From the same email group where I got the message of the NPS policy that I ranted about this morning, Chuck Dale has an excellent response. I think this sums it up nicely
John & Friends:
The sections of the policy you refer to are NOT NEW. They have been
in effect for many years under the old NPS-6 Interpretive policy in
the use of Historic Weapons on NPS property. They are, in-fact,
what the NPS is operating on now. The NPS has not allowed "BATTLE"
reenactments, but does allow demonstrations of period weapons use
WITHOUT opposing forces. Things like a battle line with firing of
muskets in mass, using period drills etc., are perfectly OK. You
just can't shoot at each other and pretend to take hits etc. etc.-
been that way many moons now! Some confusion may arise because many
reenactments happen on State Sites which do not conform to NPS
policy on that account, such as the States of Florida and Georgia.
Often "battles" occur just off NPS property and one might get the
idea it is an NPS function.
I believe the situation is that the NPS is changing the format of
their policy directives. They are now the "Directors Orders" and
the Historic Weapons policy is just being converted over to this new
format. Therefore, I think that very little is to be changed in the
area of opposing forces reenactments, since this has long been NPS
policy. I was involved, to some extent, on the committee that re-
wrote the policies into the new format. This has been some years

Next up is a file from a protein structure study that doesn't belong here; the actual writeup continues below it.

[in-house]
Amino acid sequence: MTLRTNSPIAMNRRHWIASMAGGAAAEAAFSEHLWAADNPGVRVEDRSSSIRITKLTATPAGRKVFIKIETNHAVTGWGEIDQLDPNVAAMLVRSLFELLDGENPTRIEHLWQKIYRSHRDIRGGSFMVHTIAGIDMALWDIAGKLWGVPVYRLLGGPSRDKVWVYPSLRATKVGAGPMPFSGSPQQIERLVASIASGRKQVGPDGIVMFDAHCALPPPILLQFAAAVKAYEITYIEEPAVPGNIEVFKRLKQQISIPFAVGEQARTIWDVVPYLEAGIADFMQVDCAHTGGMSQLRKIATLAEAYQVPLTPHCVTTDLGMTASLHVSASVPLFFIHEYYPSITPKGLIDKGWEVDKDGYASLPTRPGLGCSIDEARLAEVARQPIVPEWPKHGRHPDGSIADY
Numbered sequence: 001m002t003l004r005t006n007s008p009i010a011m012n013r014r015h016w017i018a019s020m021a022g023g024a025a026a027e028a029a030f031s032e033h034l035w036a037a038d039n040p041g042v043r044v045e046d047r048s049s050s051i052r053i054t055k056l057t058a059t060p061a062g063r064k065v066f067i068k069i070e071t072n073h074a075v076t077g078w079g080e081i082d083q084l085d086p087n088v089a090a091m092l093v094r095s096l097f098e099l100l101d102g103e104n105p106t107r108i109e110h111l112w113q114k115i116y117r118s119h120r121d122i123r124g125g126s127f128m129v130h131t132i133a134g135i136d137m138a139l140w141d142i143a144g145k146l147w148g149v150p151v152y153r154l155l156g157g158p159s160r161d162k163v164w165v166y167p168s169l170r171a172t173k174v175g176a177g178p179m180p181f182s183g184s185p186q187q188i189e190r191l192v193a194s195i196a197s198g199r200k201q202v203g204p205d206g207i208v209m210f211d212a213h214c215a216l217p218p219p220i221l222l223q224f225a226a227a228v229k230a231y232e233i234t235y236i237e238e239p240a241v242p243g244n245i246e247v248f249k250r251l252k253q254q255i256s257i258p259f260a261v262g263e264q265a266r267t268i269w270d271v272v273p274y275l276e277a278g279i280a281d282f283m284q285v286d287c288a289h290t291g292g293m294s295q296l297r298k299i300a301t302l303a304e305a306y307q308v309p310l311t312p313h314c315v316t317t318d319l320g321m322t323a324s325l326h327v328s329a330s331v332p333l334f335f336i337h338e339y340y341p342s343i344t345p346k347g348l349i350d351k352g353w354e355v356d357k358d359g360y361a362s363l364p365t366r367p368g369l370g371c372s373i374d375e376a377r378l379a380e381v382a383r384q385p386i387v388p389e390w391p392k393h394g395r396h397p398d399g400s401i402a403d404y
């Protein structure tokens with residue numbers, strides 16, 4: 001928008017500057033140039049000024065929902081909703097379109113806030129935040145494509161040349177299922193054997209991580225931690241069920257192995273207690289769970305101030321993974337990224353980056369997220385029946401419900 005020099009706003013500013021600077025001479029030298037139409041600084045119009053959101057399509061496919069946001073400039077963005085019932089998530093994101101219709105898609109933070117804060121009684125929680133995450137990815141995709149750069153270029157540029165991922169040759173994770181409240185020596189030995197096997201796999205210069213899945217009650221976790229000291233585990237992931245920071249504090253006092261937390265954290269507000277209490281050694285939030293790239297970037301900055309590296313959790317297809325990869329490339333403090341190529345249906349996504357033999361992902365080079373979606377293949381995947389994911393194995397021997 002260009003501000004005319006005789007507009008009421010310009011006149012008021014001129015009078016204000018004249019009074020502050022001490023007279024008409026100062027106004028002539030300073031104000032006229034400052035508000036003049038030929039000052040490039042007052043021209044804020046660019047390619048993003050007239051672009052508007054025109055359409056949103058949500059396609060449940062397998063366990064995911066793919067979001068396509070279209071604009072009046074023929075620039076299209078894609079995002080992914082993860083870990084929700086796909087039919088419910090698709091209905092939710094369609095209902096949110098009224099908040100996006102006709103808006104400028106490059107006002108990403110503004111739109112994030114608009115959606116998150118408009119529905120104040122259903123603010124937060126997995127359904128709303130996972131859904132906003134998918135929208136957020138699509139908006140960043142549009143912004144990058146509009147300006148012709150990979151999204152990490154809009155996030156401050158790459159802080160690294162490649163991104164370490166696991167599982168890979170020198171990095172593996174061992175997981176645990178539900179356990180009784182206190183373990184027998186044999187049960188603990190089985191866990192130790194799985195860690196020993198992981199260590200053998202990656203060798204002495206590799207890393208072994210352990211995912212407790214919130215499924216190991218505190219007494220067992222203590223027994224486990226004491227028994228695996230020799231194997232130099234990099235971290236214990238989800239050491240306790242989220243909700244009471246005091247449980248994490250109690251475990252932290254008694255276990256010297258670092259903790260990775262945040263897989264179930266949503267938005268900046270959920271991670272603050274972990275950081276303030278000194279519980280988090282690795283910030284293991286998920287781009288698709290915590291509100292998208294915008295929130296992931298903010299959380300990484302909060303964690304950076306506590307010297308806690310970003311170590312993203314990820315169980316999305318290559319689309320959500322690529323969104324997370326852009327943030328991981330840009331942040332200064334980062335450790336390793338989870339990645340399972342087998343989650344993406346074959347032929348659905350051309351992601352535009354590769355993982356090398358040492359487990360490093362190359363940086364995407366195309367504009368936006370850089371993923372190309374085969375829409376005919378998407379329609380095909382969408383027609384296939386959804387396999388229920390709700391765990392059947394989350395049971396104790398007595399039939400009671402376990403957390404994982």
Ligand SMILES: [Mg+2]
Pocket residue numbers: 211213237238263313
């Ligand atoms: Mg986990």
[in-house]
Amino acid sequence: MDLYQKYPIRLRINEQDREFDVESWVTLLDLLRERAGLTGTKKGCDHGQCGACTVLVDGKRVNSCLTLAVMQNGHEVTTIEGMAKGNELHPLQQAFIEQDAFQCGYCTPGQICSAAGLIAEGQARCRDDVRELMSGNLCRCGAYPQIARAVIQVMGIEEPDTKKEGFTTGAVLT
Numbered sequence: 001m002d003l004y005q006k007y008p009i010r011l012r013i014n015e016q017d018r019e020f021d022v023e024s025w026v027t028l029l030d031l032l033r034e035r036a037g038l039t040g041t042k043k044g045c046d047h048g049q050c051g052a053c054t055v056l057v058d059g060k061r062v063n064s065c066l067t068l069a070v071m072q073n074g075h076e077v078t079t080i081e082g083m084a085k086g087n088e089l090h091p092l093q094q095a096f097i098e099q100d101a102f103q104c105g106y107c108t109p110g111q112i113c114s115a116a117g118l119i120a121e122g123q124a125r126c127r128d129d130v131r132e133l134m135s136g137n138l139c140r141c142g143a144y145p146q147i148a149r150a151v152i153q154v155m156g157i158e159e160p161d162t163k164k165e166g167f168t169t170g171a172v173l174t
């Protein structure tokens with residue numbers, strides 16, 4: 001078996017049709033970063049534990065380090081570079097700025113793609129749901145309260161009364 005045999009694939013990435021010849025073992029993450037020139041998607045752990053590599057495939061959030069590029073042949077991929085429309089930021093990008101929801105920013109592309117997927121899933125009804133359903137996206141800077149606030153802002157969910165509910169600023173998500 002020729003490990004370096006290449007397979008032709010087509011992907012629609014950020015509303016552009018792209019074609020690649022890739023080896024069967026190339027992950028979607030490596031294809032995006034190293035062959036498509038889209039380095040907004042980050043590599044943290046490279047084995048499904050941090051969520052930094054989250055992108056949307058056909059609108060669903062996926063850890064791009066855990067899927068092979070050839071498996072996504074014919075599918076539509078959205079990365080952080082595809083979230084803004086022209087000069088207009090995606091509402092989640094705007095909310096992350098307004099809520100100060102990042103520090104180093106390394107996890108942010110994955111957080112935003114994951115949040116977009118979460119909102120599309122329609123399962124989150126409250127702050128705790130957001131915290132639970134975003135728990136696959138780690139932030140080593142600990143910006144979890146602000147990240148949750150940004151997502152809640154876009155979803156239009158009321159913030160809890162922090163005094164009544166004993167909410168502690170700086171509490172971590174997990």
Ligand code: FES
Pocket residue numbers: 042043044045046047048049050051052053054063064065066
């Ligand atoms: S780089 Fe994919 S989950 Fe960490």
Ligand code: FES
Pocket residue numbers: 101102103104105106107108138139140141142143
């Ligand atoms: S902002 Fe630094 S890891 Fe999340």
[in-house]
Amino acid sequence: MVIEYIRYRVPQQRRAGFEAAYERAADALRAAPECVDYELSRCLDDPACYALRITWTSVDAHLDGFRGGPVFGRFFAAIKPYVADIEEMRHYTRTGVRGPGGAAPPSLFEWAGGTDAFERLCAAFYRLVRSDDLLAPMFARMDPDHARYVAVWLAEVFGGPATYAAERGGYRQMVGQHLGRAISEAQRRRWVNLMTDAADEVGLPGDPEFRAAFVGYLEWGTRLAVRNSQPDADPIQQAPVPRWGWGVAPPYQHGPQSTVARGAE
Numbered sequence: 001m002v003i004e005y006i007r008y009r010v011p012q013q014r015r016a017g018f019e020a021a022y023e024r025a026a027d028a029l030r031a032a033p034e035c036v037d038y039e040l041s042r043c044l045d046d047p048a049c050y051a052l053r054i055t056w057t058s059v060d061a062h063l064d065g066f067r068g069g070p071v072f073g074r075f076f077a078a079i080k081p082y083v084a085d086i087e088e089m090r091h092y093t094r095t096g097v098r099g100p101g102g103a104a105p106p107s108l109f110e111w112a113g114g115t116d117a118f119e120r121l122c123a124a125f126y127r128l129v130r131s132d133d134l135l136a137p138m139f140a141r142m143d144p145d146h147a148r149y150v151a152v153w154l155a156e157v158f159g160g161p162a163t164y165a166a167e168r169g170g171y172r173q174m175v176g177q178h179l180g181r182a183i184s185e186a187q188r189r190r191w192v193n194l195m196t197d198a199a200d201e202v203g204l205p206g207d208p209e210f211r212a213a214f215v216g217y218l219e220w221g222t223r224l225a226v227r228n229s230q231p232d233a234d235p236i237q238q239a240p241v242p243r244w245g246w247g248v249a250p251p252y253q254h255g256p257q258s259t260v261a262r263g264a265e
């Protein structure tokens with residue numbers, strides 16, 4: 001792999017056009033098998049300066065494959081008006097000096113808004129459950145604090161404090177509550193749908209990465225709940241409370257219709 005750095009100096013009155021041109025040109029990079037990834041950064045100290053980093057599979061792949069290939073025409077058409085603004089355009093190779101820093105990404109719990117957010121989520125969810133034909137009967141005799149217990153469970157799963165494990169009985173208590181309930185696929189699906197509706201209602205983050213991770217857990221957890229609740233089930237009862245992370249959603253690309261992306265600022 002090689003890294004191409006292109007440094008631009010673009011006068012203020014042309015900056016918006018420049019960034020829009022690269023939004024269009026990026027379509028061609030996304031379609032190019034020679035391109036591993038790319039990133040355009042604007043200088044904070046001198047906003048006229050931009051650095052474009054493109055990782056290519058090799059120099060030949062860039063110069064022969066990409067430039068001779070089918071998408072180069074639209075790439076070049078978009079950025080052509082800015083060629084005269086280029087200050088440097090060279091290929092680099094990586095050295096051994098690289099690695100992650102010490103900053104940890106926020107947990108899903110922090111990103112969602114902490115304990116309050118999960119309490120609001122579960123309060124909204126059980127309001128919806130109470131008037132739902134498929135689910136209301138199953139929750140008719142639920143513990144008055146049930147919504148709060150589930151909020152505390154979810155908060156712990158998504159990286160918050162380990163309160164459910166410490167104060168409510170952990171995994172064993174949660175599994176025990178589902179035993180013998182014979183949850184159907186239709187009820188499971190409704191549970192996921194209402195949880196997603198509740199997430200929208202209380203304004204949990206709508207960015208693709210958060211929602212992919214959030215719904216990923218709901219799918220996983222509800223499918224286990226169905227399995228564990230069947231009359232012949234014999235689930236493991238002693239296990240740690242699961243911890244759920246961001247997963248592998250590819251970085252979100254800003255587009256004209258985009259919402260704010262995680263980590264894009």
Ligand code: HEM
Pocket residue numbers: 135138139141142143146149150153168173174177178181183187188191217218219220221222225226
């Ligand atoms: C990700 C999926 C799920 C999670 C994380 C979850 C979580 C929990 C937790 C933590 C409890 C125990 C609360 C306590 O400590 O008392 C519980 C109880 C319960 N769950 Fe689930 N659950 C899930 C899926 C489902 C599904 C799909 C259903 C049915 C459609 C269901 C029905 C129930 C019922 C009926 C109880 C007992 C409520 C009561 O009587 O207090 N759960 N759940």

ago and the policies are just now ready to go after much polishing
etc. etc. THE WHEELS GRIND S L O W L Y & many bones have
been CRUSHED in the process.
I would suggest that umbrella groups such as the BAR or The Historic
Florida Militia etc., contact the NPS Director in Wash. D.C. and
request a copy of the New Guidelines (Directors Orders) on the use
of Historic Weapons on NPS Sites. This way you can get ALL the
details and changes and make good decisions about the policy
proposed. Then as a group or groups make your concerns known.
I will be very frank in saying that there is little chance of
the "offending passage" being changed since this has been a long
standing policy of the NPS, which takes it's mission very
seriously. Believe me, all these things have been chewed on
internally over & over again. I think that section of the policy is
pretty well gospel as far as the NPS and Dept. of Interior are
If anyone has any questions or needs some clarification, please feel
free to contact me.
Chuck Dale, Chief U.S. Park Ranger(ret)
Historic Weapons Supervisor